Scientists Planning Their Own March on Washington
WASHINGTON -- After the Women's March on Washington brought some 500,000 protesters into the streets of the nation's capital, now come the scientists.
The Scientists' March on Washington has yet to peg a date for the demonstration, but says details are coming soon.
In the meantime, the movement hatched on Reddit has amassed 26,000 Twitter followers and is building momentum with the hashtag #ScienceMarch.
"Although this will start with a march, we hope to use this as a starting point to take a stand for science in politics. Slashing funding and restricting scientists from communicating their findings (from tax-funded research!) with the public is absurd and cannot be allowed to stand as policy. This is a non-partisan issue that reaches far beyond people in the STEM fields and should concern anyone who values empirical research and science," the group said on its still-being-developed website.
"There are certain things that we accept as facts with no alternatives. The Earth is becoming warmer due to human action. The diversity of life arose by evolution," the statement continues. "Politicians who devalue expertise risk making decisions that do not reflect reality and must be held accountable. An American government that ignores science to pursue ideological agendas endangers the world."
The march Twitter account said Tuesday the official date will be announced next week, and sister marches will be organized outside D.C. as happened with the women's march. The Washington Post named two of the grassroots co-chairs as University of Texas Health Science Center postdoctoral fellow Jonathan Berman and science writer and public health researcher Caroline Weinberg.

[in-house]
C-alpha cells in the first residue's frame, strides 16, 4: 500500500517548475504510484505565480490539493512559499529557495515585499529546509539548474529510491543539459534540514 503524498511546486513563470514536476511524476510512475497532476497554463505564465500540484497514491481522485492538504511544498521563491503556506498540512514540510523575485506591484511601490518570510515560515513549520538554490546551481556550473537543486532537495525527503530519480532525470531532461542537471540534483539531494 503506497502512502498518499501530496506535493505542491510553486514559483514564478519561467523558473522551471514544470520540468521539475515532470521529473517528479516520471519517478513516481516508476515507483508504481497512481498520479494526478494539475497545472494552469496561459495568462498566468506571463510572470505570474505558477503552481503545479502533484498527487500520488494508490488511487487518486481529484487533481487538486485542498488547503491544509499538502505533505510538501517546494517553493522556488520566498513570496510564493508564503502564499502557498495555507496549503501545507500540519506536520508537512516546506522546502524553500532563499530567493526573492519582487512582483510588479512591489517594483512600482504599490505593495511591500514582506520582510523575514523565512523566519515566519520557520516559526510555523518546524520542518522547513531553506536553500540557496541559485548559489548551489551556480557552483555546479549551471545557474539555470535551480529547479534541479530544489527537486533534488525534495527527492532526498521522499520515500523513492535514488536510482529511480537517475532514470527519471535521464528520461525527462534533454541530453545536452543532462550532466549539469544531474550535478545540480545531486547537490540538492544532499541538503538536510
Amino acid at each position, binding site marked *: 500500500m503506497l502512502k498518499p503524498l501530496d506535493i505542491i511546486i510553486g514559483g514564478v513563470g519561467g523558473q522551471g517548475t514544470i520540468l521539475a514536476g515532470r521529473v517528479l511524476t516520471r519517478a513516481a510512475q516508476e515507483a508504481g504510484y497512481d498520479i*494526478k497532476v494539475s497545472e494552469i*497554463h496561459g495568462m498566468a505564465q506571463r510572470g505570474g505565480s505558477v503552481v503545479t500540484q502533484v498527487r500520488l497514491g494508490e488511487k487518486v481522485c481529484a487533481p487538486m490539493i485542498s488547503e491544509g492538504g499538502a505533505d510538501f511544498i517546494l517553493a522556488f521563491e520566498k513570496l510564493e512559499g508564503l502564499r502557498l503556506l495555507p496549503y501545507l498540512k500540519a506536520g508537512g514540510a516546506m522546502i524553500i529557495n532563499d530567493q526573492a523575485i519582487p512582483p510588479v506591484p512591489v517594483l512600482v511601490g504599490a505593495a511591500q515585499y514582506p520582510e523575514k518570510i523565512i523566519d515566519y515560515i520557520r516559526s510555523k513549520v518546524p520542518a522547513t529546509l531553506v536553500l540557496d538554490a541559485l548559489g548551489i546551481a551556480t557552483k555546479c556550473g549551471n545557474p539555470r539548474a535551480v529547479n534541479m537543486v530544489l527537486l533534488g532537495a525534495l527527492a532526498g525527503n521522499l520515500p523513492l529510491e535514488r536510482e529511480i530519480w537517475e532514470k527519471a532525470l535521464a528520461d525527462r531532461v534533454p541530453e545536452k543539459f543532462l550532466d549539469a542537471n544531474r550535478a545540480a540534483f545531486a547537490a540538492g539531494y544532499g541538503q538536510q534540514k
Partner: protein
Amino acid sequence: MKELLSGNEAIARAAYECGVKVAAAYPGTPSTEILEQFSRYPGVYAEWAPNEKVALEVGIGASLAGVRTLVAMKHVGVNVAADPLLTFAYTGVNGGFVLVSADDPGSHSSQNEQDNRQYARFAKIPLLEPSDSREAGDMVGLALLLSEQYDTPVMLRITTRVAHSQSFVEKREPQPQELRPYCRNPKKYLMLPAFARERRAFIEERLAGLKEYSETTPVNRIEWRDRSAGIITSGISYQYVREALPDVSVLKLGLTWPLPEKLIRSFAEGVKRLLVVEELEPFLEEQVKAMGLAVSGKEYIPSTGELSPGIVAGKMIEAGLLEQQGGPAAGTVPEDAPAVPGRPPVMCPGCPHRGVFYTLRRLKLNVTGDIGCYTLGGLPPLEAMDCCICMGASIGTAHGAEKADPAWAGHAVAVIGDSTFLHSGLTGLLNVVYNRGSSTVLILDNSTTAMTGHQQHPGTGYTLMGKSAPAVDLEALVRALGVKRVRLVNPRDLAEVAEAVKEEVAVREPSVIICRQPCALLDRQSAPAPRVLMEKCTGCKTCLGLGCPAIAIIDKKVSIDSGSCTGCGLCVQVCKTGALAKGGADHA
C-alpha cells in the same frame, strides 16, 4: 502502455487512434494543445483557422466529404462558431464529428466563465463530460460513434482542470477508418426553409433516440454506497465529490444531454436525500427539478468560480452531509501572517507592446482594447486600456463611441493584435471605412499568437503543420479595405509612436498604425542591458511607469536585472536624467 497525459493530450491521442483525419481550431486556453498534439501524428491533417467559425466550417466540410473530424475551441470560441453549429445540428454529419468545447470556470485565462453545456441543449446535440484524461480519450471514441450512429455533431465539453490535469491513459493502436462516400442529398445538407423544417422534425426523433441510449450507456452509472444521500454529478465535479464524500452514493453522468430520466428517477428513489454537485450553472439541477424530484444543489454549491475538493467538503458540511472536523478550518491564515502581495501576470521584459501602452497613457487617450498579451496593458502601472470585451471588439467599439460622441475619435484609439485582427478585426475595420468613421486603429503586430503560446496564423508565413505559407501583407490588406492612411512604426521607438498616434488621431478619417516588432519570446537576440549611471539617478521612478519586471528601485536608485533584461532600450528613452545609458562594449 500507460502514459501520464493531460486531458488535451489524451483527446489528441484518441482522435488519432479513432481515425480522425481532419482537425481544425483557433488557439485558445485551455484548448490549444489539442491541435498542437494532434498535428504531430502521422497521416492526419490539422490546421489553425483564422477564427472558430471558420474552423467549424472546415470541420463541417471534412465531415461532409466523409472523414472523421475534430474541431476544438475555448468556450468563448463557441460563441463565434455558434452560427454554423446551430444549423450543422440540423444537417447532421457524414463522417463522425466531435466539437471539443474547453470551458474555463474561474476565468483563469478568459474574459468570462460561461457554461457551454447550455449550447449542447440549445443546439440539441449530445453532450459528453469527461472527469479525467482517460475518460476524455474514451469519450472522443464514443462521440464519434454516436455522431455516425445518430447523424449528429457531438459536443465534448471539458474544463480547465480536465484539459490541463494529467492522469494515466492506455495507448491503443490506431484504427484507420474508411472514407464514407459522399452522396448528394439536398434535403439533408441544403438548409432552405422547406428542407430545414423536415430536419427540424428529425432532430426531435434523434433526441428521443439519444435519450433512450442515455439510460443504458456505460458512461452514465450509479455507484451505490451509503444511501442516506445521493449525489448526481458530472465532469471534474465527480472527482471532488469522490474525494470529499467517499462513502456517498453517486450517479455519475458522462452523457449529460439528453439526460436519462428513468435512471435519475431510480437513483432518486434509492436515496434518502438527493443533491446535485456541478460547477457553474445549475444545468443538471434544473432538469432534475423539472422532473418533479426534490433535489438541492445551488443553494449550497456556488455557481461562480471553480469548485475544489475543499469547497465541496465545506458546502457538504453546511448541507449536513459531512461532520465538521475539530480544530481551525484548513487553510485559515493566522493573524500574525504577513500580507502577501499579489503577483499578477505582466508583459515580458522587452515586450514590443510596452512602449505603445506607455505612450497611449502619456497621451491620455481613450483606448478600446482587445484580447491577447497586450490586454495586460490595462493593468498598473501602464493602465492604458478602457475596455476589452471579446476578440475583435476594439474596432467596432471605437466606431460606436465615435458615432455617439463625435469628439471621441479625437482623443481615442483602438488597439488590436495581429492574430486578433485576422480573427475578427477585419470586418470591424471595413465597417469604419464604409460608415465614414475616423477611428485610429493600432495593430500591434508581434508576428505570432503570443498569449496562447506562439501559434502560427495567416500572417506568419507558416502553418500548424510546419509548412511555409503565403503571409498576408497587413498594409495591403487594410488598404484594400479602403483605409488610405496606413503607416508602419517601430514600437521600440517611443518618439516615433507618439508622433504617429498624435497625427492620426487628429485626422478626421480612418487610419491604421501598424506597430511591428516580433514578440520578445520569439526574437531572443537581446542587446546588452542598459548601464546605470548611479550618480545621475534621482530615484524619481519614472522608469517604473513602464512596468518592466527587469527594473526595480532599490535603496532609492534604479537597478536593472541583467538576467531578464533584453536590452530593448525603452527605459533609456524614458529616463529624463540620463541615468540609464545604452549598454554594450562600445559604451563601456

"It has never been more important for scientists of all stripes to come together and have their voices heard in government," the organizers tweeted today. "...Some have asked whether non-scientists can march. The answer is: YES! All who believe in empirical science can (and should) march."
The march planning comes amid reports of a Trump administration gag order on the Environmental Protection Agency, which hasn't tweeted since Jan. 19. A trio of tweets on Tuesday from the Badlands National Park account about climate change were removed; NBC reported a former employee of the park service hijacked the account to send out the tweets, though the park had tweeted about climate in the past.
The U.S. Department of Agriculture said an email sent to Agricultural Research Service ordering that the unit not release "any public-facing documents" including "news releases, photos, fact sheets, news feeds, and social media content" was was "released without Departmental direction, and prior to Departmental guidance being issued."
"ARS will be providing updated direction to its staff," the USDA said in a statement. "...ARS values and is committed to maintaining the free flow of information between our scientists and the American public."